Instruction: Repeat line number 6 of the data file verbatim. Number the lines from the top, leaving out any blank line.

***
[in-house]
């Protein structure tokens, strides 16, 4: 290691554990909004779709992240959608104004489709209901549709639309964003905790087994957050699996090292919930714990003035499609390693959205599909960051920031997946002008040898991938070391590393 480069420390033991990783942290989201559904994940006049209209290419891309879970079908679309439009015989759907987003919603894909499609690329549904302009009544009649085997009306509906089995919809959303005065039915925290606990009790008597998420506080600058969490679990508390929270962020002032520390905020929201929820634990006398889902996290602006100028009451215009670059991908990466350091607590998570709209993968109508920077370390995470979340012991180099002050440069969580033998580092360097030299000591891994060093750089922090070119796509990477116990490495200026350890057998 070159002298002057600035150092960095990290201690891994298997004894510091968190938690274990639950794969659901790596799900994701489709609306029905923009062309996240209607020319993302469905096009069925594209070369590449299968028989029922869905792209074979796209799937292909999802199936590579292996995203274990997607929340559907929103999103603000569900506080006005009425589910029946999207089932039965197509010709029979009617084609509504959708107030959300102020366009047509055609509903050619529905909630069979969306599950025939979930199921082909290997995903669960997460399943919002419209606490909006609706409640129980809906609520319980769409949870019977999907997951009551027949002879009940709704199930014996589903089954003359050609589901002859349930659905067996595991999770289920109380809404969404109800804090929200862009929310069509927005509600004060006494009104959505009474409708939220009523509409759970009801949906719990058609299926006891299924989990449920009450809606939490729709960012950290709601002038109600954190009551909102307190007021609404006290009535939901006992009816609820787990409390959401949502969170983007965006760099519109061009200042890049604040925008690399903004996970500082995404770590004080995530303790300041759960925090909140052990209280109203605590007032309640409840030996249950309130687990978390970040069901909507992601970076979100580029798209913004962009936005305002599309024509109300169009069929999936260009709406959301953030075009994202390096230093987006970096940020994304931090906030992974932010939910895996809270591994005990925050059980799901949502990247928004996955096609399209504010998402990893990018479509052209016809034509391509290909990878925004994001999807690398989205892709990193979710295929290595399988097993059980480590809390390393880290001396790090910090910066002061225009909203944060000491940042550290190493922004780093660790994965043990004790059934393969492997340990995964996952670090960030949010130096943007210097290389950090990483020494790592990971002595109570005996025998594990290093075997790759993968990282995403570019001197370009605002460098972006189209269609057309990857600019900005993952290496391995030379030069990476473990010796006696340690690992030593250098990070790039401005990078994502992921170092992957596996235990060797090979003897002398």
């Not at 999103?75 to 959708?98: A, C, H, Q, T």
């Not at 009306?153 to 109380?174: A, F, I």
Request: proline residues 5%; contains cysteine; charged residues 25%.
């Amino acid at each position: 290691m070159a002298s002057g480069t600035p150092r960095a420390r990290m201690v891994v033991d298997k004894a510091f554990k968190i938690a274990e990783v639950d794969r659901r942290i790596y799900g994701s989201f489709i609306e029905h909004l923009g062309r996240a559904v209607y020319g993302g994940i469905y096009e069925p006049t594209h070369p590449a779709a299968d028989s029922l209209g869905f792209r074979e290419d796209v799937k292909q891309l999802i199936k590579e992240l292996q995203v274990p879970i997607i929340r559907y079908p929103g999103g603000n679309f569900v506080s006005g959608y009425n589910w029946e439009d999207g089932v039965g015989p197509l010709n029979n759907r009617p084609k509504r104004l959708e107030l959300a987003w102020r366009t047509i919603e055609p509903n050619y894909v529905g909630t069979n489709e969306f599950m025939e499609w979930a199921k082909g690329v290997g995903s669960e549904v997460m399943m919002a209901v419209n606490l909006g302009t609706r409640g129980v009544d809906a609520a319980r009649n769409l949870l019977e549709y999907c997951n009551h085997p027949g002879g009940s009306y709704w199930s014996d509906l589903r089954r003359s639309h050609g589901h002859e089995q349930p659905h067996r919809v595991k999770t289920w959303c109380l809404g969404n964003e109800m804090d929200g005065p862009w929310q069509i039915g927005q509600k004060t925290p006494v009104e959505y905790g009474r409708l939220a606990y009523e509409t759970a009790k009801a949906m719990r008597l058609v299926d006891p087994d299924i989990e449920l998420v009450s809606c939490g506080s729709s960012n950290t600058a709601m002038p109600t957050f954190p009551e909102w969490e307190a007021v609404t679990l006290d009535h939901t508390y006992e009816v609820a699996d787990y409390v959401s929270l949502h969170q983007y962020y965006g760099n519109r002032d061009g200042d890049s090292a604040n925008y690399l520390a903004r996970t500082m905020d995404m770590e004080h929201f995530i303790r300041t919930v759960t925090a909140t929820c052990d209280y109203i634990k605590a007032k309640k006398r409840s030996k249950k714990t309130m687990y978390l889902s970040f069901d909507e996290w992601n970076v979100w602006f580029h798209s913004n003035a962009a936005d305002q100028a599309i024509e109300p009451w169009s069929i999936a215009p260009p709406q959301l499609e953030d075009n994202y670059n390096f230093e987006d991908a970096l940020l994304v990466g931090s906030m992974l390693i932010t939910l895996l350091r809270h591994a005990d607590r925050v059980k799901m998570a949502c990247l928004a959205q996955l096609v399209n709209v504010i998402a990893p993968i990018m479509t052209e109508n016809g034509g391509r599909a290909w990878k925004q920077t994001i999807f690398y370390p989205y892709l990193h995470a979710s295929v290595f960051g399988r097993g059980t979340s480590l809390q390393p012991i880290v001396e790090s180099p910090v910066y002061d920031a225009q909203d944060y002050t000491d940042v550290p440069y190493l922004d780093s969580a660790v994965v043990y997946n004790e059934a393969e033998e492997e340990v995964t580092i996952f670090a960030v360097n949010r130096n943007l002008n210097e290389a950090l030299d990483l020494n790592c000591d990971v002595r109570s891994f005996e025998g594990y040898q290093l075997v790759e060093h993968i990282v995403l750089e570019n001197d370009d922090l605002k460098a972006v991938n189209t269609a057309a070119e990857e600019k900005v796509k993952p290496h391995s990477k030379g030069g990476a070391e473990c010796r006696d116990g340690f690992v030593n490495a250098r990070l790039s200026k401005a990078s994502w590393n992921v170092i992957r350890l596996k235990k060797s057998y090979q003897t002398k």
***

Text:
């Amino acid at each position: 290691m070159a002298s002057g480069t600035p150092r960095a420390r990290m201690v891994v033991d298997k004894a510091f554990k968190i938690a274990e990783v639950d794969r659901r942290i790596y799900g994701s989201f489709i609306e029905h909004l923009g062309r996240a559904v209607y020319g993302g994940i469905y096009e069925p006049t594209h070369p590449a779709a299968d028989s029922l209209g869905f792209r074979e290419d796209v799937k292909q891309l999802i199936k590579e992240l292996q995203v274990p879970i997607i929340r559907y079908p929103g999103g603000n679309f569900v506080s006005g959608y009425n589910w029946e439009d999207g089932v039965g015989p197509l010709n029979n759907r009617p084609k509504r104004l959708e107030l959300a987003w102020r366009t047509i919603e055609p509903n050619y894909v529905g909630t069979n489709e969306f599950m025939e499609w979930a199921k082909g690329v290997g995903s669960e549904v997460m399943m919002a209901v419209n606490l909006g302009t609706r409640g129980v009544d809906a609520a319980r009649n769409l949870l019977e549709y999907c997951n009551h085997p027949g002879g009940s009306y709704w199930s014996d509906l589903r089954r003359s639309h050609g589901h002859e089995q349930p659905h067996r919809v595991k999770t289920w959303c109380l809404g969404n964003e109800m804090d929200g005065p862009w929310q069509i039915g927005q509600k004060t925290p006494v009104e959505y905790g009474r409708l939220a606990y009523e509409t759970a009790k009801a949906m719990r008597l058609v299926d006891p087994d299924i989990e449920l998420v009450s809606c939490g506080s729709s960012n950290t600058a709601m002038p109600t957050f954190p009551e909102w969490e307190a007021v609404t679990l006290d009535h939901t508390y006992e009816v609820a699996d787990y409390v959401s929270l949502h969170q983007y962020y965006g760099n519109r002032d061009g200042d890049s090292a604040n925008y690399l520390a903004r996970t500082m905020d995404m770590e004080h929201f995530i303790r300041t919930v759960t925090a909140t929820c052990d209280y109203i634990k605590a007032k309640k006398r409840s030996k249950k714990t309130m687990y978390l889902s970040f069901d909507e996290w992601n970076v979100w602006f580029h798209s913004n003035a962009a936005d305002q100028a599309i024509e109300p009451w169009s069929i999936a215009p260009p709406q959301l499609e953030d075009n994202y670059n390096f230093e987006d991908a970096l940020l994304v990466g931090s906030m992974l390693i932010t939910l895996l350091r809270h591994a005990d607590r925050v059980k799901m998570a949502c990247l928004a959205q996955l096609v399209n709209v504010i998402a990893p993968i990018m479509t052209e109508n016809g034509g391509r599909a290909w990878k925004q920077t994001i999807f690398y370390p989205y892709l990193h995470a979710s295929v290595f960051g399988r097993g059980t979340s480590l809390q390393p012991i880290v001396e790090s180099p910090v910066y002061d920031a225009q909203d944060y002050t000491d940042v550290p440069y190493l922004d780093s969580a660790v994965v043990y997946n004790e059934a393969e033998e492997e340990v995964t580092i996952f670090a960030v360097n949010r130096n943007l002008n210097e290389a950090l030299d990483l020494n790592c000591d990971v002595r109570s891994f005996e025998g594990y040898q290093l075997v790759e060093h993968i990282v995403l750089e570019n001197d370009d922090l605002k460098a972006v991938n189209t269609a057309a070119e990857e600019k900005v796509k993952p290496h391995s990477k030379g030069g990476a070391e473990c010796r006696d116990g340690f690992v030593n490495a250098r990070l790039s200026k401005a990078s994502w590393n992921v170092i992957r350890l596996k235990k060797s057998y090979q003897t002398k």